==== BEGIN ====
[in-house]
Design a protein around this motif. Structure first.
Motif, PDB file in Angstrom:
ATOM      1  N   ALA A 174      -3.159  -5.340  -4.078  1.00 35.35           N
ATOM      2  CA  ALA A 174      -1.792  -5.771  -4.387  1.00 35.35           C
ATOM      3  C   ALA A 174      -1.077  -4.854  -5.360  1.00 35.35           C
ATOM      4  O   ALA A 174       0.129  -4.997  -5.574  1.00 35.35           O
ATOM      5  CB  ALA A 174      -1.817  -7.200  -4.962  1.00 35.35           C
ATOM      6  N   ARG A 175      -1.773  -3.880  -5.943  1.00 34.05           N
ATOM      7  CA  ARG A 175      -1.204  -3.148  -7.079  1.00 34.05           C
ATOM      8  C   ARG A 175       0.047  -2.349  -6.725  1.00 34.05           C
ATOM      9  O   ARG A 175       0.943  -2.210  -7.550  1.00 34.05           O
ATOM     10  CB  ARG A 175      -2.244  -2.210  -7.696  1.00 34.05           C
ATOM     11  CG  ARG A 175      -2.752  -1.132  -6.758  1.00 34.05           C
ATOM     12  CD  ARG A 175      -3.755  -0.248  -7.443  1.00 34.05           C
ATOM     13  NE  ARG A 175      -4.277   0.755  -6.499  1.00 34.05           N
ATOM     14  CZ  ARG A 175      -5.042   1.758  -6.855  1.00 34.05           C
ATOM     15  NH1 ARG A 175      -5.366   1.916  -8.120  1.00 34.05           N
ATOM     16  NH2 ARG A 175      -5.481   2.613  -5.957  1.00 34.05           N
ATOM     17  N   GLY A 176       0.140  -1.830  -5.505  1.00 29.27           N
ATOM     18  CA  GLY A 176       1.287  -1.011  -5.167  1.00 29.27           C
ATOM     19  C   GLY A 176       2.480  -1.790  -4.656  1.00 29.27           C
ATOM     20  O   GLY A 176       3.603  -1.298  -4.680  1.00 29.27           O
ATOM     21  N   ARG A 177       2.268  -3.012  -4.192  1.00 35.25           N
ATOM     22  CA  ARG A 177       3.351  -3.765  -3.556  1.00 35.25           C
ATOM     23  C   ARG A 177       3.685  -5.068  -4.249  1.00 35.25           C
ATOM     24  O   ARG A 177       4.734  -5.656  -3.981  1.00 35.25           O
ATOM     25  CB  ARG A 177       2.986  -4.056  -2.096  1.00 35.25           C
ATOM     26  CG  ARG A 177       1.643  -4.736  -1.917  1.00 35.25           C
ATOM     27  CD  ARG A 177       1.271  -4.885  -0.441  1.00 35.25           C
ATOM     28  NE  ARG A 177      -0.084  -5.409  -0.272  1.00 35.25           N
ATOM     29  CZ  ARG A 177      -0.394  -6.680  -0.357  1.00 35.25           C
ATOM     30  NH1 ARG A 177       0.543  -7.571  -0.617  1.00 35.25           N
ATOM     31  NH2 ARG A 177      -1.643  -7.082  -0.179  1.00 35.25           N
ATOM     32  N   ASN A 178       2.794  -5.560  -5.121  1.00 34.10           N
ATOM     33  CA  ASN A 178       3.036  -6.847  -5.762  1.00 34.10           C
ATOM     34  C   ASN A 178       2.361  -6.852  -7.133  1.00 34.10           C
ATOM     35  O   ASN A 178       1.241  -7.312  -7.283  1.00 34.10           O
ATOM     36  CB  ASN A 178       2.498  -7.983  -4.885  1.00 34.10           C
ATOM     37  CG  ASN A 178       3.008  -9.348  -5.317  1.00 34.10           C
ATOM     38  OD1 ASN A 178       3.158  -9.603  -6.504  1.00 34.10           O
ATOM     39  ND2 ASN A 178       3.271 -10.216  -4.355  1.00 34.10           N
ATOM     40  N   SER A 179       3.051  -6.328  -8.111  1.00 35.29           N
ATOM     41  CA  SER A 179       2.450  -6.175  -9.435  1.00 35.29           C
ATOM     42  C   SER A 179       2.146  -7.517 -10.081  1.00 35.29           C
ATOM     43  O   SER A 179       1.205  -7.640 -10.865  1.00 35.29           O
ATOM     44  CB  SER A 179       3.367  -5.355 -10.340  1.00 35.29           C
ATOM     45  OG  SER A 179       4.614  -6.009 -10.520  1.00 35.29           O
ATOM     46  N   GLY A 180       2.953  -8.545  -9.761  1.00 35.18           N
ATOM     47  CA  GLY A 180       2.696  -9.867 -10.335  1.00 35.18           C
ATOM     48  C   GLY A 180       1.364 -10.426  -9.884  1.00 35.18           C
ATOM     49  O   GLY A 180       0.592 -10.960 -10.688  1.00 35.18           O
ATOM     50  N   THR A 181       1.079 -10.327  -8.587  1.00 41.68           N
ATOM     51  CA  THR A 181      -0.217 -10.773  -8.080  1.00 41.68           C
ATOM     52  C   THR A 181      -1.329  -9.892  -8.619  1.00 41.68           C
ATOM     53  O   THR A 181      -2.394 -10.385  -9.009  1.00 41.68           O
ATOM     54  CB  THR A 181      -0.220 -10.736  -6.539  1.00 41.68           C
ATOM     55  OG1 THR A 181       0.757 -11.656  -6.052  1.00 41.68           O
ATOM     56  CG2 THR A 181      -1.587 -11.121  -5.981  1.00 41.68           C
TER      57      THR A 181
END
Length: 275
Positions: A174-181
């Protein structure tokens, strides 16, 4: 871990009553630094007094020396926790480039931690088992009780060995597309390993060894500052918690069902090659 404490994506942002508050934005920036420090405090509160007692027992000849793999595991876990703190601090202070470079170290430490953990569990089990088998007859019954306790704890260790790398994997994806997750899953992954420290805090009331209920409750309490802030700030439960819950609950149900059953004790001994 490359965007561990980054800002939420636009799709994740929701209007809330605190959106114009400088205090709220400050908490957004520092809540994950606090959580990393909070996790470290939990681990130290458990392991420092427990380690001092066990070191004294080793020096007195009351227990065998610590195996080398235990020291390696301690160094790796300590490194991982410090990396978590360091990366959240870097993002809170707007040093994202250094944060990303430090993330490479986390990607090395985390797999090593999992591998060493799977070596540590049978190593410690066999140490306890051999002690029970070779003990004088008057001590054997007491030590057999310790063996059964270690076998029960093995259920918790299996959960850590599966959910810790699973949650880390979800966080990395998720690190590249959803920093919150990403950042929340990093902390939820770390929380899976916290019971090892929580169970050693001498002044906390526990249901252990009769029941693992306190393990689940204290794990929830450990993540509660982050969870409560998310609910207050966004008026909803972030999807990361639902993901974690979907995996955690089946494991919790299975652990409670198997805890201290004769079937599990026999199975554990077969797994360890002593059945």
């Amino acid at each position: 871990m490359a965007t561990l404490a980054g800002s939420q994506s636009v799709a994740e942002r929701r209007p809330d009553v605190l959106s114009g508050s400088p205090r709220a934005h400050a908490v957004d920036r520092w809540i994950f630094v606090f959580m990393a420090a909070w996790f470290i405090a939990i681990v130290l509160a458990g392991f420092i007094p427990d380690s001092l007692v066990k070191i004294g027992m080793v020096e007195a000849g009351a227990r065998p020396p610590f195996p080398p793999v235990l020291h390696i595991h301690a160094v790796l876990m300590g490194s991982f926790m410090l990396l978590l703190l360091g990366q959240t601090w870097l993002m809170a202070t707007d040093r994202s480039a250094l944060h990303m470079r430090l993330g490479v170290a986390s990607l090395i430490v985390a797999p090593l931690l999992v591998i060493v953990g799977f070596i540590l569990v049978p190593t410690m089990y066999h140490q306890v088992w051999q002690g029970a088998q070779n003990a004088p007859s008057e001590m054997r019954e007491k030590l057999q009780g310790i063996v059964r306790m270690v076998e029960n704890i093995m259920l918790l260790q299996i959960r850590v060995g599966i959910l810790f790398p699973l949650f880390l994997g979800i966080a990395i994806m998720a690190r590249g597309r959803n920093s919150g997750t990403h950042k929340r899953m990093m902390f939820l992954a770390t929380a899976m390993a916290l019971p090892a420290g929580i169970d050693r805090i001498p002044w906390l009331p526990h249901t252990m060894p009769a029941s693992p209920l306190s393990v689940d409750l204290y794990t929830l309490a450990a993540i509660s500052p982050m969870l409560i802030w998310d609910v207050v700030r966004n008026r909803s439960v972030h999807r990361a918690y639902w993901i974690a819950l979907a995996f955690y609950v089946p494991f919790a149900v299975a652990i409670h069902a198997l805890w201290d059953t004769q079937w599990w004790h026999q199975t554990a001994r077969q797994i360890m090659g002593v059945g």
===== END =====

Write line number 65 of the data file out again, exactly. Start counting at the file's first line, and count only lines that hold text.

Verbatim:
């Amino acid at each position: 871990m490359a965007t561990l404490a980054g800002s939420q994506s636009v799709a994740e942002r929701r209007p809330d009553v605190l959106s114009g508050s400088p205090r709220a934005h400050a908490v957004d920036r520092w809540i994950f630094v606090f959580m990393a420090a909070w996790f470290i405090a939990i681990v130290l509160a458990g392991f420092i007094p427990d380690s001092l007692v066990k070191i004294g027992m080793v020096e007195a000849g009351a227990r065998p020396p610590f195996p080398p793999v235990l020291h390696i595991h301690a160094v790796l876990m300590g490194s991982f926790m410090l990396l978590l703190l360091g990366q959240t601090w870097l993002m809170a202070t707007d040093r994202s480039a250094l944060h990303m470079r430090l993330g490479v170290a986390s990607l090395i430490v985390a797999p090593l931690l999992v591998i060493v953990g799977f070596i540590l569990v049978p190593t410690m089990y066999h140490q306890v088992w051999q002690g029970a088998q070779n003990a004088p007859s008057e001590m054997r019954e007491k030590l057999q009780g310790i063996v059964r306790m270690v076998e029960n704890i093995m259920l918790l260790q299996i959960r850590v060995g599966i959910l810790f790398p699973l949650f880390l994997g979800i966080a990395i994806m998720a690190r590249g597309r959803n920093s919150g997750t990403h950042k929340r899953m990093m902390f939820l992954a770390t929380a899976m390993a916290l019971p090892a420290g929580i169970d050693r805090i001498p002044w906390l009331p526990h249901t252990m060894p009769a029941s693992p209920l306190s393990v689940d409750l204290y794990t929830l309490a450990a993540i509660s500052p982050m969870l409560i802030w998310d609910v207050v700030r966004n008026r909803s439960v972030h999807r990361a918690y639902w993901i974690a819950l979907a995996f955690y609950v089946p494991f919790a149900v299975a652990i409670h069902a198997l805890w201290d059953t004769q079937w599990w004790h026999q199975t554990a001994r077969q797994i360890m090659g002593v059945g």